Chicago dentist provides carjacking victim with new smile

March 21, 2012

While he was watching the late night television news broadcast in Chicago recently, cosmetic dentist Jack Manikowski was touched by the story of an 18-year-old man who had been bruised and bloodied while being dragged along the street during a carjacking. The victim also suffered several broken teeth.

While he was watching the late night television news broadcast in Chicago recently, cosmetic dentist Jack Manikowski was touched by the story of an 18-year-old man who had been bruised and bloodied while being dragged along the street during a carjacking. The victim also suffered several broken teeth.

Manikowski was eating dinner with his wife, Lana, when he saw the story, and knew he wanted to help. 

“He was an innocent victim,” said Manikowski, owner of Lincoln Park Smiles in Chicago. “He had his hand over his mouth when he was talking and you could tell his mouth had been injured.”

In October, the young man, Edwin Rodriguez, was in a car waiting for his brother to get off of work at a hotel in Chicago when someone came up to the car and told him the vehicle had a flat tire. When Rodriguez got out to look, one of the thieves allegedly got in and began to drive away. Rodriguez grabbed the door and was dragged a city block before he was able to let go.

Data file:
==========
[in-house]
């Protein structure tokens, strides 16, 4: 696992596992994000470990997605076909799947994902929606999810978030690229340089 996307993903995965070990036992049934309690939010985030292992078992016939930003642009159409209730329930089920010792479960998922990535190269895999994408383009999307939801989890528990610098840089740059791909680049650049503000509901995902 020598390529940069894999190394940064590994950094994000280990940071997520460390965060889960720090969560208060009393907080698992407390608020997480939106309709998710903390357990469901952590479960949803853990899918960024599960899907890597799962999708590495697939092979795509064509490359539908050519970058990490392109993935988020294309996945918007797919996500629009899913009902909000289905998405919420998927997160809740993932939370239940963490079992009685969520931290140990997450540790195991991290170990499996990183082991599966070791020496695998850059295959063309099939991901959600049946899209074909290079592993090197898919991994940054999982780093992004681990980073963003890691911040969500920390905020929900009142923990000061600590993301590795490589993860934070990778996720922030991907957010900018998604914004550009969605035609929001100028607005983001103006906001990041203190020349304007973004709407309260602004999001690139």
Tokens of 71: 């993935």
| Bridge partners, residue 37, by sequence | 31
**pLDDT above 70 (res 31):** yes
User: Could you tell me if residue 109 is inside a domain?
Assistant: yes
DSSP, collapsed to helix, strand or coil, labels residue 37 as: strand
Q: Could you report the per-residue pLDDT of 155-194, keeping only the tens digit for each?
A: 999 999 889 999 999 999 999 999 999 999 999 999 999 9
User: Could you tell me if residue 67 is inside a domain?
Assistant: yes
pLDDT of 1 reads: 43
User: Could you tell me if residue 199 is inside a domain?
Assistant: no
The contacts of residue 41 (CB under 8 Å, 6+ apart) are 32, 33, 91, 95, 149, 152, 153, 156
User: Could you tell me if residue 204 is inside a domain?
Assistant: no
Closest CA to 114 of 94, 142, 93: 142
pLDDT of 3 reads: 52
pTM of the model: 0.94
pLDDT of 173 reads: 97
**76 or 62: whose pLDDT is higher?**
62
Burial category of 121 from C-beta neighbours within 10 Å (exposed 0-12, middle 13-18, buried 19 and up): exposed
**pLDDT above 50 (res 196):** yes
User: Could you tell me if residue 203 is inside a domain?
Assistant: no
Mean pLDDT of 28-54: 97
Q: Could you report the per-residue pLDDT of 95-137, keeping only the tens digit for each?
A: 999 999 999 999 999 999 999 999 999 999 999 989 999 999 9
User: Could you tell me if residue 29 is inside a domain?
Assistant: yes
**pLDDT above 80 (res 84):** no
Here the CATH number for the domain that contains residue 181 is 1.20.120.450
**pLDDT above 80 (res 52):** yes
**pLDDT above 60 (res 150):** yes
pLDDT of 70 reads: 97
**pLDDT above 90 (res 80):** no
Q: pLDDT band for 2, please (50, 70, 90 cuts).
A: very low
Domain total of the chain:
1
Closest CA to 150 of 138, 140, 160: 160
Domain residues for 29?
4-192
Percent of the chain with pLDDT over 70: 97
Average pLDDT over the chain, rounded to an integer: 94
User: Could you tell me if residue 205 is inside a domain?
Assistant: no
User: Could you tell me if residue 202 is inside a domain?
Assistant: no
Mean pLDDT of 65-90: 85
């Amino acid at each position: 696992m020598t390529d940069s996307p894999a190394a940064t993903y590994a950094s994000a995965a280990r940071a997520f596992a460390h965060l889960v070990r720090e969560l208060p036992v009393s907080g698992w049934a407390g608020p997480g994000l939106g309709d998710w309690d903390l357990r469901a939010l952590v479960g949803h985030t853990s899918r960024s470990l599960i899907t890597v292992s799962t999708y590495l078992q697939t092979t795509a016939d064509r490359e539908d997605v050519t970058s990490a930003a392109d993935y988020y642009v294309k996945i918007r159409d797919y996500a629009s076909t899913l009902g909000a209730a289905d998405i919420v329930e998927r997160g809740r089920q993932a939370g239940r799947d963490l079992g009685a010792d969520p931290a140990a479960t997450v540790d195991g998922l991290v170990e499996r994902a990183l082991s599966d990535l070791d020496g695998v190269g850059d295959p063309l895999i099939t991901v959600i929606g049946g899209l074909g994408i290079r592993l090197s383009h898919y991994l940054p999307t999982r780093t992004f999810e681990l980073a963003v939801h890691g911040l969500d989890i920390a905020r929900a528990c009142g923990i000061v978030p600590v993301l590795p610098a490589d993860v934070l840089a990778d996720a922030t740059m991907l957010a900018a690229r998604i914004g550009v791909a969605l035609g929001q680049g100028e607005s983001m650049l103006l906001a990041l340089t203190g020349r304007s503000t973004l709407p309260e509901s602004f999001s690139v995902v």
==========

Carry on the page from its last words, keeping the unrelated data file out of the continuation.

Seeing the young man on T.V., Manikowski was not sure if Rodriguez covered his mouth because he was in pain or was embarrassed about how his broken front teeth now looked. After learning a bit more about Rodriguez through stories in the media, Manikowski reached out to him and made an offer to help the young man restore his smile.

“He comes from a very nice, hardworking family that clearly didn’t have the means to take care of a cosmetic problem,” the dentist said.

At the first appointment, Manikowski discovered that teeth 7, 8 and 9 had been severely fractured, but were still vital. He estimates that it has taken 8 hours of work over three appointments to fix the broken teeth.

“The treatment was scaling and root planing and subsequently one long appointment for direct bonding," Manikowski sasid. "Fortunately, he didn’t need implants or any interdisciplinary intervention.”

Manikowski, who has been in practice for 15 years, has previously volunteered to help restore the smiles of women affected by domestic abuse through the American Academy of Cosmetic Dentistry’s Give Back a Smile program. He said it’s not unusual for dentists to encounter patients of limited means, and he was glad this time to be able to help a young person who needed it.

“We all see patients that don’t go through with treatment because of a lack of financial resources,” he said. “But (this case) looked like a slam dunk cosmetic case. It could be an immediate fix.”

After learning of Manikowski’s offer, Rodriguez said in a local television news story that he was overwhelmed by the dentist’s desire to help him.

"I'm speechless because I didn't think anybody would offer me anything. I'd like to say 'Thanks' to him and I appreciate it a lot,” Rodriguez said.